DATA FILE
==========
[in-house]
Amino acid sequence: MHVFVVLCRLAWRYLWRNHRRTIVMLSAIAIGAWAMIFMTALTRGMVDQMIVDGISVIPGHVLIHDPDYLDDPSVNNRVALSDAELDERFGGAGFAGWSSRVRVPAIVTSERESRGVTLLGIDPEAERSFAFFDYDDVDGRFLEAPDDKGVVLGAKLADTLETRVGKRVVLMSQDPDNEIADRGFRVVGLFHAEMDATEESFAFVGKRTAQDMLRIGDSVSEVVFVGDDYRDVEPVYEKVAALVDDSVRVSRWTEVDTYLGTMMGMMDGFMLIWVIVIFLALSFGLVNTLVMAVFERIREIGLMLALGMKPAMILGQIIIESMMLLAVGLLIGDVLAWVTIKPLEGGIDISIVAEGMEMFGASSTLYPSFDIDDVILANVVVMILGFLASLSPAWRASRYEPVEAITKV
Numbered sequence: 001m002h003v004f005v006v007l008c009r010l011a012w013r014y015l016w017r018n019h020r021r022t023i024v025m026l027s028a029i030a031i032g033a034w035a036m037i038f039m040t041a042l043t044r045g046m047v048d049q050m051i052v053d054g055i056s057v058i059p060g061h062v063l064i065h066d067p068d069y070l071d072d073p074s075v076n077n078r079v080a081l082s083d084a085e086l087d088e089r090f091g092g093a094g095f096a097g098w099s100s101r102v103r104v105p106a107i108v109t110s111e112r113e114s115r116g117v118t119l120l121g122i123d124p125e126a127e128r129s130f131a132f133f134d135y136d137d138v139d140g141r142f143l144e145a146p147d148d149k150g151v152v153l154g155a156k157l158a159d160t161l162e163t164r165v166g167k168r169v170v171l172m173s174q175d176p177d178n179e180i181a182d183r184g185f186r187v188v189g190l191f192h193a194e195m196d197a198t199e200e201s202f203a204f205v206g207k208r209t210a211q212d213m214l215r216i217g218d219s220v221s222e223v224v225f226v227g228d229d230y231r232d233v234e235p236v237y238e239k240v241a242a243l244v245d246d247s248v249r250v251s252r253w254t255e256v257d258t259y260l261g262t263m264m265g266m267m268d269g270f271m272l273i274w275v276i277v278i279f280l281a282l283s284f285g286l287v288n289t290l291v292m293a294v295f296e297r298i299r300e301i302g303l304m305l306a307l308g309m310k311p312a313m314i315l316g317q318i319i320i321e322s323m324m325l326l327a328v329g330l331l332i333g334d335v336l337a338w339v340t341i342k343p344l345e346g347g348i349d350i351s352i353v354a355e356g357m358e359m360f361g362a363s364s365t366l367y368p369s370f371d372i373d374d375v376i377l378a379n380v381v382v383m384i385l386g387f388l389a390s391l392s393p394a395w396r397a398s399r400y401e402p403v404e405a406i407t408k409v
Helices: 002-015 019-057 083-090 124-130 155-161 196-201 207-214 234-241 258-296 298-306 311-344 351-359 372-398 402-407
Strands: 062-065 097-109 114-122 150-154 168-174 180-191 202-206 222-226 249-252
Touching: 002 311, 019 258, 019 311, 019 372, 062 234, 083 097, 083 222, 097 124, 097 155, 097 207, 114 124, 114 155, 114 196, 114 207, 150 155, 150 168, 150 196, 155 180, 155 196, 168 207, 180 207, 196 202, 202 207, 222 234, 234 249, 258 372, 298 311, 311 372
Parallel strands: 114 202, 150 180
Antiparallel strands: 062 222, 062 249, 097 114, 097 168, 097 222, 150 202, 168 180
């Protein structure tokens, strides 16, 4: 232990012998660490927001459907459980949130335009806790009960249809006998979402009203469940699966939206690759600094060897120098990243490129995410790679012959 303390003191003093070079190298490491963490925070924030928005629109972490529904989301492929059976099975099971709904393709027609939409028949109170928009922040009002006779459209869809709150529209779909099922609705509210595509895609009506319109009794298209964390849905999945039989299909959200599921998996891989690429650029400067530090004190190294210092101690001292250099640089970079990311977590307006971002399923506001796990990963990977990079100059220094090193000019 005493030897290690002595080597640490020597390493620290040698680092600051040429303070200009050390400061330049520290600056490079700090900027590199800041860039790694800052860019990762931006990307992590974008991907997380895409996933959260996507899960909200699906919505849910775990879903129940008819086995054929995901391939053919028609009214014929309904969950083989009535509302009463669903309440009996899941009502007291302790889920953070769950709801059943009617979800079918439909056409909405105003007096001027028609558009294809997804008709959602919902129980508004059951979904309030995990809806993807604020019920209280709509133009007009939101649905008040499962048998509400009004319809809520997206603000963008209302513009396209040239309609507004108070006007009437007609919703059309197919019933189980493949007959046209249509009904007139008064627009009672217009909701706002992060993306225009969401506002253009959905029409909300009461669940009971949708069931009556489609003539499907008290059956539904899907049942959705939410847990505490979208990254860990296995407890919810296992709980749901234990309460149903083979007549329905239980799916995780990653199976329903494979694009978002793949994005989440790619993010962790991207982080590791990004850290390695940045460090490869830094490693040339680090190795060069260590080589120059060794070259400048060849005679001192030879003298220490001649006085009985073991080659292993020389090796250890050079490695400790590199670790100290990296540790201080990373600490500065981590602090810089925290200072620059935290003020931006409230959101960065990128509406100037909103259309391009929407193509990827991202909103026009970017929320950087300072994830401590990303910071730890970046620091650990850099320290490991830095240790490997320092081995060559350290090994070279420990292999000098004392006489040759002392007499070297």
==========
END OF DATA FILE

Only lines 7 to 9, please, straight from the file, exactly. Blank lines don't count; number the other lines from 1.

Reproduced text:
Parallel strands: 114 202, 150 180
Antiparallel strands: 062 222, 062 249, 097 114, 097 168, 097 222, 150 202, 168 180
């Protein structure tokens, strides 16, 4: 232990012998660490927001459907459980949130335009806790009960249809006998979402009203469940699966939206690759600094060897120098990243490129995410790679012959 303390003191003093070079190298490491963490925070924030928005629109972490529904989301492929059976099975099971709904393709027609939409028949109170928009922040009002006779459209869809709150529209779909099922609705509210595509895609009506319109009794298209964390849905999945039989299909959200599921998996891989690429650029400067530090004190190294210092101690001292250099640089970079990311977590307006971002399923506001796990990963990977990079100059220094090193000019 005493030897290690002595080597640490020597390493620290040698680092600051040429303070200009050390400061330049520290600056490079700090900027590199800041860039790694800052860019990762931006990307992590974008991907997380895409996933959260996507899960909200699906919505849910775990879903129940008819086995054929995901391939053919028609009214014929309904969950083989009535509302009463669903309440009996899941009502007291302790889920953070769950709801059943009617979800079918439909056409909405105003007096001027028609558009294809997804008709959602919902129980508004059951979904309030995990809806993807604020019920209280709509133009007009939101649905008040499962048998509400009004319809809520997206603000963008209302513009396209040239309609507004108070006007009437007609919703059309197919019933189980493949007959046209249509009904007139008064627009009672217009909701706002992060993306225009969401506002253009959905029409909300009461669940009971949708069931009556489609003539499907008290059956539904899907049942959705939410847990505490979208990254860990296995407890919810296992709980749901234990309460149903083979007549329905239980799916995780990653199976329903494979694009978002793949994005989440790619993010962790991207982080590791990004850290390695940045460090490869830094490693040339680090190795060069260590080589120059060794070259400048060849005679001192030879003298220490001649006085009985073991080659292993020389090796250890050079490695400790590199670790100290990296540790201080990373600490500065981590602090810089925290200072620059935290003020931006409230959101960065990128509406100037909103259309391009929407193509990827991202909103026009970017929320950087300072994830401590990303910071730890970046620091650990850099320290490991830095240790490997320092081995060559350290090994070279420990292999000098004392006489040759002392007499070297």